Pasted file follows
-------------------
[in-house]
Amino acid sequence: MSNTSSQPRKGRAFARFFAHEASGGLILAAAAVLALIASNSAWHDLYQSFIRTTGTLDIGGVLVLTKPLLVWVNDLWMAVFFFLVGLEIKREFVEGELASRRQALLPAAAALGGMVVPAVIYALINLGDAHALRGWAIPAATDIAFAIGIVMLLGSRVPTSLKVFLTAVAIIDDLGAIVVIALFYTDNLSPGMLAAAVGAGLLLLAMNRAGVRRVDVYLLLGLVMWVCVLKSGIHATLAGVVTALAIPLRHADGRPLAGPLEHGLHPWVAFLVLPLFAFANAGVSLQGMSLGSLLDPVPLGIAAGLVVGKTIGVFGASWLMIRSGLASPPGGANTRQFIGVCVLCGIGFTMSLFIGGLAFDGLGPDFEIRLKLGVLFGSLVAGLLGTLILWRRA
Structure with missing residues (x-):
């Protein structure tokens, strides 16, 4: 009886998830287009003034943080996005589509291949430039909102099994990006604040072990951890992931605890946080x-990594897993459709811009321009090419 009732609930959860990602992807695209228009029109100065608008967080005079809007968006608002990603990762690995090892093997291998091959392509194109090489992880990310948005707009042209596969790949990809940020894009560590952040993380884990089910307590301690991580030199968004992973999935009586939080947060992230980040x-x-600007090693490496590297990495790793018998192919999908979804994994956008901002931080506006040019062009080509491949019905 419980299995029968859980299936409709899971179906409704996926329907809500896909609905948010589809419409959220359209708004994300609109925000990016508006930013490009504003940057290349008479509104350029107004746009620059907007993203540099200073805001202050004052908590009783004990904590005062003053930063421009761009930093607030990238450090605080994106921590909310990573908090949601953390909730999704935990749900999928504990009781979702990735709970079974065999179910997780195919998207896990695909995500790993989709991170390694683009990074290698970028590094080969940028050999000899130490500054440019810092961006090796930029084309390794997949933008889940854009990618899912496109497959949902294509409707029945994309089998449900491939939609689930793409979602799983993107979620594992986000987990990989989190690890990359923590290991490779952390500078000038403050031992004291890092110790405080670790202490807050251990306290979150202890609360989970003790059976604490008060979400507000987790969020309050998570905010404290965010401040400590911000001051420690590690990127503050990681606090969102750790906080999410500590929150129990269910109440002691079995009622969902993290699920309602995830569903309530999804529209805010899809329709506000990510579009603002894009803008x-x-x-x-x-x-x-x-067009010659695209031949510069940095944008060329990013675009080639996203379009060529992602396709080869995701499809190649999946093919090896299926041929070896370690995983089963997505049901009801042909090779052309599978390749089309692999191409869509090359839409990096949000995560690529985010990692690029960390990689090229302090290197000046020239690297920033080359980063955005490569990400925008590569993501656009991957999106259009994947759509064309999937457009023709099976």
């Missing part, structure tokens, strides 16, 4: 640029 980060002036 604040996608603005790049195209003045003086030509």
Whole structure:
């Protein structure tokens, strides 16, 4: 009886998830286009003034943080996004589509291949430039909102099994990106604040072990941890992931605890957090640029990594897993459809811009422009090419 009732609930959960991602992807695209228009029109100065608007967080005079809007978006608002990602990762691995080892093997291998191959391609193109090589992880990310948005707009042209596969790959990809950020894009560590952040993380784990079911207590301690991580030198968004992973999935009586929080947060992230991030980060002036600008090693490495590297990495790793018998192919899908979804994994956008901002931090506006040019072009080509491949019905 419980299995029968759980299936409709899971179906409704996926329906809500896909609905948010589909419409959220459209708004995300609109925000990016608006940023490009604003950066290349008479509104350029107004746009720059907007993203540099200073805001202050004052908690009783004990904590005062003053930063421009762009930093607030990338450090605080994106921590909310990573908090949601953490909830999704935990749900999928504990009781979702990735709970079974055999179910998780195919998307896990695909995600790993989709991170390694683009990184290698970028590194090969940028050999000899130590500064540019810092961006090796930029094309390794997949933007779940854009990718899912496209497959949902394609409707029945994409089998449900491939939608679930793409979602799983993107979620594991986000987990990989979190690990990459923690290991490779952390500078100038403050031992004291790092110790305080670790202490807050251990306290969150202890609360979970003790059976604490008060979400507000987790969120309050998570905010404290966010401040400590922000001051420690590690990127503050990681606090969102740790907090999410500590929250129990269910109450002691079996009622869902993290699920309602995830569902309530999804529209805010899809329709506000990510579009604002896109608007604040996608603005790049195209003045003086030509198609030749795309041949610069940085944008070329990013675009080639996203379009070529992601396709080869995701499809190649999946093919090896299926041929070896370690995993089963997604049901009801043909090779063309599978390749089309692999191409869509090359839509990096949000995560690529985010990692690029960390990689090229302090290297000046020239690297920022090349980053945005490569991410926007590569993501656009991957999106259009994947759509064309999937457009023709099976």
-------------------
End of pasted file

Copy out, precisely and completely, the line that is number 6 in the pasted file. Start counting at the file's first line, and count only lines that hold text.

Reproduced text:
Whole structure: